Monday, December 28, 2009

Not So Simple Fare

Tel Aviv
24 December 2009

Christmas Eve. And what do Jews do? First a movie and then dinner. Though we will forsake the traditional Chinese food (Liz says that that's for Christmas Day itself, not the Eve, but the Day will also be Erev Shabbat and I know there's a pargit back in the freezer waiting to be sacrificed). Besides, we spend most of the year an easy ride into New York's China Town, so Chinese is just not high on our "to eat" list when we hit Tel Aviv.

The movie is in the Lev (Heart), 6 theaters on the top floor of Dizengoff Mall. As we made our way through the mall's multiple levels to the box office we noticed that the mall was quiet and not too crowded. The movie was the Coen Brothers' "A Serious Man." If you are a MOT and have not seen this yet you should stop reading now and run, do not walk, run, to a theater. Especially if you, like me, hit bar mitzvah, puberty, drugs and rock'n'roll in the 1960s.

The Coens have taken all of the neurotic Jewish culture in which we wallowed (for them it's the midwest but they could have set the film in Long Island or Northern New Jersey without changing any of it), added a wonderful prologue in a shtetl (done entirely in Yiddush with English and Hebrew subtitles - thanks G-d we still got Fyvush Finkel). The writing and acting is spot-on perfect.

The film is a comedy like Waiting for Godot is a comedy, with a Jewish audience laughing at all the right places. The rest of you may need a Jewish friend for some translation but, given how the Jews have controlled your media for so many years, you may get it on your own. The film just won't be the shot to the kishkes that it is for MOTs, who will recognize their Rabbis, their children and themselves up on the screen.

As we left the theater, Liz suggested we eat dinner at Bistrot Djoul, for which she just happened to have an eLuna discount coupon. (eLuna is a website listing kosher restaurants all over the country with reviews, menus and discount coupons good most times but not during the Businessmen's Lunch, the ultimate early bird special.) A French bistro where I can eat the meat. You do not have to ask me twice. I whipped out the cell phone and reserved a table for 30 minutes later.

We made our way down through the mall, out onto Dizengoff Street and began walking north. We stopped to wait for a light and then it hit us. The mall is open, all the street level stores along Dizengoff are open but we have not heard any Christmas music or seen any Christmas decorations or Christmas sale signs. We stop and drink that in.

Last time we went out to eat it was for simple fare. Tonight we're going from the simple to the sublime. I've written before about how the French are the latest immigrant wave to come to Israel. Unlike earlier immigrant waves this one is mostly affluent with lots of Euros to spend. The bad news is that this drives up housing prices. The good news is that French Jews need certain essentials of life such as kosher bistros, patisseries and wines worthy of discerning palates. And so we found ourselves at 64 Ben Yehuda, just south of Frishmann, to indulge ourselves at a bistro where they have most definitely mastered the art of French cooking.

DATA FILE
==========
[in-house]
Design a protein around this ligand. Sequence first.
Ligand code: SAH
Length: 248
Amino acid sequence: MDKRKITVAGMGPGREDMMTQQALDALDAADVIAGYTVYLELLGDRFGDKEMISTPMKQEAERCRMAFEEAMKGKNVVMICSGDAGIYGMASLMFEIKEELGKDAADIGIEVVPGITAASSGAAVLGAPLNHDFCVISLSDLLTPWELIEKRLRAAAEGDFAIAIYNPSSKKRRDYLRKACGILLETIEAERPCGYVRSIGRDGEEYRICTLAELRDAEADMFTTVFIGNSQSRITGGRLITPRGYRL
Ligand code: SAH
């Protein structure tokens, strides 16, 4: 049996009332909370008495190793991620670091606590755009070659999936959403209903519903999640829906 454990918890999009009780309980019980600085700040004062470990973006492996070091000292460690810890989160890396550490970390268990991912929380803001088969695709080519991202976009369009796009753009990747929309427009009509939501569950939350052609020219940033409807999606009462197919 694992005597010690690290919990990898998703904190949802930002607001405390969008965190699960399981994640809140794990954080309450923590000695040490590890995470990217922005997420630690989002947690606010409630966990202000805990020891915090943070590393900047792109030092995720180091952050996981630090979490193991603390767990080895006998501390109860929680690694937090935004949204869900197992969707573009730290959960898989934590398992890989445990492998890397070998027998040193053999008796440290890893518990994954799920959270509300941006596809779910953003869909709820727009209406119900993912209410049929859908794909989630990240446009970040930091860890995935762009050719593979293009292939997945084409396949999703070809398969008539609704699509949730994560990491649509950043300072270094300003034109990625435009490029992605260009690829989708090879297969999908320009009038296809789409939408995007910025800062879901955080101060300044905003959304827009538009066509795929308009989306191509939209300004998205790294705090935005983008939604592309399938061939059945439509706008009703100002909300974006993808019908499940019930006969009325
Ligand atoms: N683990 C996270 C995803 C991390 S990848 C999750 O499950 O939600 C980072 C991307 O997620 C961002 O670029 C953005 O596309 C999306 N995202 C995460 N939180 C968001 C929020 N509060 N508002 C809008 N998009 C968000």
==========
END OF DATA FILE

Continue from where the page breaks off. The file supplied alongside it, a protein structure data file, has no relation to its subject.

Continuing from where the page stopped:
The restaurant is itself an emigre, a family business transplanted from Paris by owner Julia Berreby but using a home grown chef, Eyal Amrousi. Its a small place with outdoor tables (as you would expect in Paris and Tel Aviv), a small main floor and tables upstairs. The decor is simple and the atmosphere, right down to most of the patrons, French. Except the music which on this night was American soul. Liz thought Edith Piaf would have been more appropriate and I agreed but becasue I am a big fan of Stevie Wonder and Ray Charles I was willing to put up with the culture clash.

We had the Tournedos Rossini, steak and goose liver. The liver was a thin slice, not the portion you get at other restaurants, but very delicately seasoned and grilled. The steak was of the melt in your mouth variety. Djoul sacrifices some quantity for very high quality. The chicken breast, moist and tastefully cooked with herbs and spices, was delicious. Djoul's sauteed potatoes are rare among the species - cooked enough but not greasy. Salad comes with, what else, freshly made French dressing. We had glasses of a very nice beaujolais nouveau.

Desserts in kosher meat restaurants are always problematic. Let's face it. What makes any dessert worth clogging an artery for, especially French desserts, is butter and cream, lots and lots of butter and cream. Faking one's way to vanilla ice cream (on top of an apple tart) or a chocolate mousse is, in most places, more sciene than art. Djoul gets closer to the artistic.

But back to the steak. It's always about the steak. Someone once told me that you could not get a good steak in Israel. I have made it my life's journey to prove him wrong. Once again, I win. Djoul's steak is right up there with Goshen. Goshen, at 37 Nahalat Binyamin, ages its beef before cooking, something you get used to in NYC but not in TLV. The result is marvelous. Djoul's steak is as good.

And so, we head back into the night for what is now a very short walk back to our apartment. Israel, so many restaurants, so little time.

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